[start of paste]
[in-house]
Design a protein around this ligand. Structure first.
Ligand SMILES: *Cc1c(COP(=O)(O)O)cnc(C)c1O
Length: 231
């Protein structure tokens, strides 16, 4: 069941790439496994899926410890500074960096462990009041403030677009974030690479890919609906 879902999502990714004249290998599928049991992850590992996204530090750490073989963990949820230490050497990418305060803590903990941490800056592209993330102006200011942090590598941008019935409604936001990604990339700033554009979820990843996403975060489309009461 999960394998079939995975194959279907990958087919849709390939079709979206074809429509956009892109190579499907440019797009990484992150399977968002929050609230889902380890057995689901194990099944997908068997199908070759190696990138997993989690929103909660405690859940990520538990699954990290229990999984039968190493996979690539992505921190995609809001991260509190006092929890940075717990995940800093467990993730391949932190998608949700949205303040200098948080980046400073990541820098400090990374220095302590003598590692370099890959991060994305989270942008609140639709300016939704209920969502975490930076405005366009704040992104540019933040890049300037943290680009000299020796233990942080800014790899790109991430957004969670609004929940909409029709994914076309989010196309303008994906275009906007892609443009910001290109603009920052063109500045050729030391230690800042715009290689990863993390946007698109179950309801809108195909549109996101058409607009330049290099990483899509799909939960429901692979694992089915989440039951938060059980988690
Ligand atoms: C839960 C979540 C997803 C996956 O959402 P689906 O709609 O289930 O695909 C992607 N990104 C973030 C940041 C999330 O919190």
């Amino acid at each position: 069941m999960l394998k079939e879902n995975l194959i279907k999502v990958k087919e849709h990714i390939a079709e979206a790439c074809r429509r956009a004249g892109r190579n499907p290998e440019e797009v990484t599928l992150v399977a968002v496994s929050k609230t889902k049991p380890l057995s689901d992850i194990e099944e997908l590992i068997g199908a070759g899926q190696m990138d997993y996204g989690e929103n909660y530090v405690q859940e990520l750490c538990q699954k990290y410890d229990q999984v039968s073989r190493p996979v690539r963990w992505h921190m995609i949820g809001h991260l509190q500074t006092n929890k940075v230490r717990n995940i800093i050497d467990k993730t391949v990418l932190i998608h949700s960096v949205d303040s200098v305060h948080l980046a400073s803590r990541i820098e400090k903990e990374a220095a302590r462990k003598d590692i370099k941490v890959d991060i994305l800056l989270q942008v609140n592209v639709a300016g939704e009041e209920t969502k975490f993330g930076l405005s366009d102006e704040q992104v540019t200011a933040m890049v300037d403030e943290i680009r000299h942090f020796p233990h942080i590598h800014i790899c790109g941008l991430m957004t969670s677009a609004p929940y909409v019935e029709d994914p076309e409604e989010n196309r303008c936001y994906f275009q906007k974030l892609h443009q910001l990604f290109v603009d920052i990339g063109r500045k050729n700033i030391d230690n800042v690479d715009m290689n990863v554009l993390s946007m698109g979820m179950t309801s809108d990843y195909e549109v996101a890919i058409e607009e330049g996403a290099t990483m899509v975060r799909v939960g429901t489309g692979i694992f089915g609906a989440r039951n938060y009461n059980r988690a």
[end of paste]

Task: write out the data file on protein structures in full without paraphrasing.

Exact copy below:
[in-house]
Design a protein around this ligand. Structure first.
Ligand SMILES: *Cc1c(COP(=O)(O)O)cnc(C)c1O
Length: 231
């Protein structure tokens, strides 16, 4: 069941790439496994899926410890500074960096462990009041403030677009974030690479890919609906 879902999502990714004249290998599928049991992850590992996204530090750490073989963990949820230490050497990418305060803590903990941490800056592209993330102006200011942090590598941008019935409604936001990604990339700033554009979820990843996403975060489309009461 999960394998079939995975194959279907990958087919849709390939079709979206074809429509956009892109190579499907440019797009990484992150399977968002929050609230889902380890057995689901194990099944997908068997199908070759190696990138997993989690929103909660405690859940990520538990699954990290229990999984039968190493996979690539992505921190995609809001991260509190006092929890940075717990995940800093467990993730391949932190998608949700949205303040200098948080980046400073990541820098400090990374220095302590003598590692370099890959991060994305989270942008609140639709300016939704209920969502975490930076405005366009704040992104540019933040890049300037943290680009000299020796233990942080800014790899790109991430957004969670609004929940909409029709994914076309989010196309303008994906275009906007892609443009910001290109603009920052063109500045050729030391230690800042715009290689990863993390946007698109179950309801809108195909549109996101058409607009330049290099990483899509799909939960429901692979694992089915989440039951938060059980988690
Ligand atoms: C839960 C979540 C997803 C996956 O959402 P689906 O709609 O289930 O695909 C992607 N990104 C973030 C940041 C999330 O919190």
């Amino acid at each position: 069941m999960l394998k079939e879902n995975l194959i279907k999502v990958k087919e849709h990714i390939a079709e979206a790439c074809r429509r956009a004249g892109r190579n499907p290998e440019e797009v990484t599928l992150v399977a968002v496994s929050k609230t889902k049991p380890l057995s689901d992850i194990e099944e997908l590992i068997g199908a070759g899926q190696m990138d997993y996204g989690e929103n909660y530090v405690q859940e990520l750490c538990q699954k990290y410890d229990q999984v039968s073989r190493p996979v690539r963990w992505h921190m995609i949820g809001h991260l509190q500074t006092n929890k940075v230490r717990n995940i800093i050497d467990k993730t391949v990418l932190i998608h949700s960096v949205d303040s200098v305060h948080l980046a400073s803590r990541i820098e400090k903990e990374a220095a302590r462990k003598d590692i370099k941490v890959d991060i994305l800056l989270q942008v609140n592209v639709a300016g939704e009041e209920t969502k975490f993330g930076l405005s366009d102006e704040q992104v540019t200011a933040m890049v300037d403030e943290i680009r000299h942090f020796p233990h942080i590598h800014i790899c790109g941008l991430m957004t969670s677009a609004p929940y909409v019935e029709d994914p076309e409604e989010n196309r303008c936001y994906f275009q906007k974030l892609h443009q910001l990604f290109v603009d920052i990339g063109r500045k050729n700033i030391d230690n800042v690479d715009m290689n990863v554009l993390s946007m698109g979820m179950t309801s809108d990843y195909e549109v996101a890919i058409e607009e330049g996403a290099t990483m899509v975060r799909v939960g429901t489309g692979i694992f089915g609906a989440r039951n938060y009461n059980r988690a």